Collections of non-fungible tokens (NFTs) unfortunately continue to be prime targets for hackers, and the Azuki project has paid the price. A malicious individual took over the project’s Twitter account to share a phishing link and managed to steal funds from some users.
Azuki’s Twitter account in the wrong hands
Friday, January 27, the non-fungible token (NFT) project Azuki’s Twitter account has been hacked. The person responsible for the mischief invited the community of Azuki to come and “claim land” in “The Garden”, the metaverse dedicated to the collection.
Screenshot of malicious tweet, since deleted (hidden link)
Unfortunately, via this link which had everything to seem honest at first glance, members of the Azuki community had their wallets emptied giving malicious permission on phishing site. In barely 30 minutes, 11 NFTs and 3.9 ETH were recovered by the hacker, then 750,000 USDC were sent to his wallet now identified as phishing by Etherscan.
The USDCs were then sent to another wallet, also identified by Etherscan, which swapped its tokens for WETH (wrapped Ether) thanks to the decentralized finance protocol (DeFi) Uniswap V3 via 2 separate transactions visible here and here.
The community manager of the project, Rose, quickly confirmed the Azuki account hack. Fortunately, the damage was relatively limited thanks to the responsiveness of the community, since MetaMask, for example, quickly blocked the domain concerned to protect its users, just like Phantom or ZenGo were able to do.
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A case with rather murky outlines
Azuki’s Twitter account was fortunately recovered in the eveningand a post-mortem tweet was posted overnight from the project.
1/ The @AzukiOfficial Twitter was compromised today. A series of malicious tweets were posted during the morning of Friday, Jan 27th (Pacific Time).
The team has regained control of the @AzukiOfficial Twitter.
Details below 👇
— Azuki (@AzukiOfficial) January 27, 2023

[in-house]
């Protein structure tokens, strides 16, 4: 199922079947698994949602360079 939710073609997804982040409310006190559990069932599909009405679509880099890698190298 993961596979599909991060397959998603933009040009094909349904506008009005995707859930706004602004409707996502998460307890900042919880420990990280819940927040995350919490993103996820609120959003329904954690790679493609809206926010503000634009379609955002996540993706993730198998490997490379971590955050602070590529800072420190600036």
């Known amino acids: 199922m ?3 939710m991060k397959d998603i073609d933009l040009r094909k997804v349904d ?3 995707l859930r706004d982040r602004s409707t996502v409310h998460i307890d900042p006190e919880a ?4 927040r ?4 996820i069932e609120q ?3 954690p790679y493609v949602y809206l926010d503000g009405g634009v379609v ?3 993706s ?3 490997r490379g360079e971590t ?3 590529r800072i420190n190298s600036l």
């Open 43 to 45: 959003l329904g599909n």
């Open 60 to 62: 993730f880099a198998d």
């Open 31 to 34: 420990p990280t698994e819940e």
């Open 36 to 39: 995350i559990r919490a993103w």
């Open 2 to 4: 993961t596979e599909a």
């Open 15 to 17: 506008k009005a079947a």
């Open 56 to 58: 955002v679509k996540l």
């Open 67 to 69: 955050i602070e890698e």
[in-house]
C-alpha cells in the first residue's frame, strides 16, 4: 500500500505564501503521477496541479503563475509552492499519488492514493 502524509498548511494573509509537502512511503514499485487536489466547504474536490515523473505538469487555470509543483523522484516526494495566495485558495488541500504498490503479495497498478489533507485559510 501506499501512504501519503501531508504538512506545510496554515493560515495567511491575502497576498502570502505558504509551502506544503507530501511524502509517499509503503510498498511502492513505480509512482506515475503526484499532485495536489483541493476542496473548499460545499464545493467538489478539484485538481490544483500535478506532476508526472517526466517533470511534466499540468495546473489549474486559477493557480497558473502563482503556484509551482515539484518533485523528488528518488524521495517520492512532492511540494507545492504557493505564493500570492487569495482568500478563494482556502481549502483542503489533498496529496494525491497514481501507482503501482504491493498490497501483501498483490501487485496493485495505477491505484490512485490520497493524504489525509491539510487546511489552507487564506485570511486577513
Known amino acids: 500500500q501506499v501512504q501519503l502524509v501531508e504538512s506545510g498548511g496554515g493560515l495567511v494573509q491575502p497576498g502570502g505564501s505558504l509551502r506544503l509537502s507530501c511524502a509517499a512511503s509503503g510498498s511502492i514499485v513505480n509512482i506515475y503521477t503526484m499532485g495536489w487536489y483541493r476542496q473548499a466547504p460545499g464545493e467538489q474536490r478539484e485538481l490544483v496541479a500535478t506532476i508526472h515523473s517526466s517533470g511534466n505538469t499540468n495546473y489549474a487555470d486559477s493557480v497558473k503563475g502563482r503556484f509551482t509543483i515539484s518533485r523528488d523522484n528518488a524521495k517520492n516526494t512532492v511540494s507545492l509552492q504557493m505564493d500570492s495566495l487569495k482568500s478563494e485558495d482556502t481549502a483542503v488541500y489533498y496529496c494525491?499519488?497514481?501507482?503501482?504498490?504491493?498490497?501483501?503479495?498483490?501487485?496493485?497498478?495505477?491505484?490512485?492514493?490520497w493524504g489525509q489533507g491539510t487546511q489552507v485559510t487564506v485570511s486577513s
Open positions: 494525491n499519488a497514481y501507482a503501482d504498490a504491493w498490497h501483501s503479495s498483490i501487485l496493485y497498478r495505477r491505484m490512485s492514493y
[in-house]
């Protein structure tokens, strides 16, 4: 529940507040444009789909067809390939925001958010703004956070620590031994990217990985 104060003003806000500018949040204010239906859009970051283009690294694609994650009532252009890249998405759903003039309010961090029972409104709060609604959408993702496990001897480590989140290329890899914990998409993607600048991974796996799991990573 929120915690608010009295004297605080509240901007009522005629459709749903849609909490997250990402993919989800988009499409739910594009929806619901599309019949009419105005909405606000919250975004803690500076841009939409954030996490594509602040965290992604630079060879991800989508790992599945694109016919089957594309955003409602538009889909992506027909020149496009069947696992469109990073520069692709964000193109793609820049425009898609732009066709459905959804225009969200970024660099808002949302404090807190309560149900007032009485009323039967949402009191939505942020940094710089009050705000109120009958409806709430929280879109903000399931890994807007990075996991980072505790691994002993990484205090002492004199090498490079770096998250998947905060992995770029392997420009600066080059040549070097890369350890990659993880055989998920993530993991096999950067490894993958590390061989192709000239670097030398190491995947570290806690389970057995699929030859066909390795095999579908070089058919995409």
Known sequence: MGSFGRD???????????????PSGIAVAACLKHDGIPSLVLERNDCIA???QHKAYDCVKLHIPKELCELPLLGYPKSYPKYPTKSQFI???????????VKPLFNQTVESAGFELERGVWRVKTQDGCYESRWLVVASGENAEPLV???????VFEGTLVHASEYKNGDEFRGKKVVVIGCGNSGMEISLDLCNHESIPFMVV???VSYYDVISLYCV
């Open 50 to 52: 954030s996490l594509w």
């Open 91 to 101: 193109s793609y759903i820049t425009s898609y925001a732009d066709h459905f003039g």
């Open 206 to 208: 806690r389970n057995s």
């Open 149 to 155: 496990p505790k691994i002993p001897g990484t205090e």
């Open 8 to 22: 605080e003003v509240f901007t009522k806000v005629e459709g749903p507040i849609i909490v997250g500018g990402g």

As indicated in the thread, the Twitter account was recovered relatively quickly thanks to work carried out in concert with the teams of the social network. However, the mystery remains complete as to the origin of the flaw, as it would seem, according to the press release, that the relevant account was secured by a two-factor authentication method (2FA). An investigation was therefore launched by Azuki in order to shed light on this subject.
ZachXBT, known for its on-chain investigations, however, seems to have found the beginning of a lead. According to him, it is the same individual who managed to hack the Twitter accounts NFT Mutant Hounbds, AKCB and Chimpers projects.
Was the same scammer named Lock who compromised Mutant Hounds, AKCB, and Chimpers Twitter accounts recently. pic.twitter.com/YSgy6SnvJr
— ZachXBT (@zachxbt) January 27, 2023
He also explains that the fault could come from the side of Twitter and that the Azuki teams could have done nothing more to prevent the attack, which would explain the flaw bypassing 2FA, a recognized security measure. Indeed, we have already seen some hackers willing to pay large sums in the past to circumvent the security of Twitter accounts.
However, this is just speculation, and nothing has been confirmed yet. However, it would be very interesting to understand how the same hacker was able to gain access to so many different Twitter accounts.
👉 On the same subject – $1.4 million in NFTs stolen: How to avoid these new phishing attacks?
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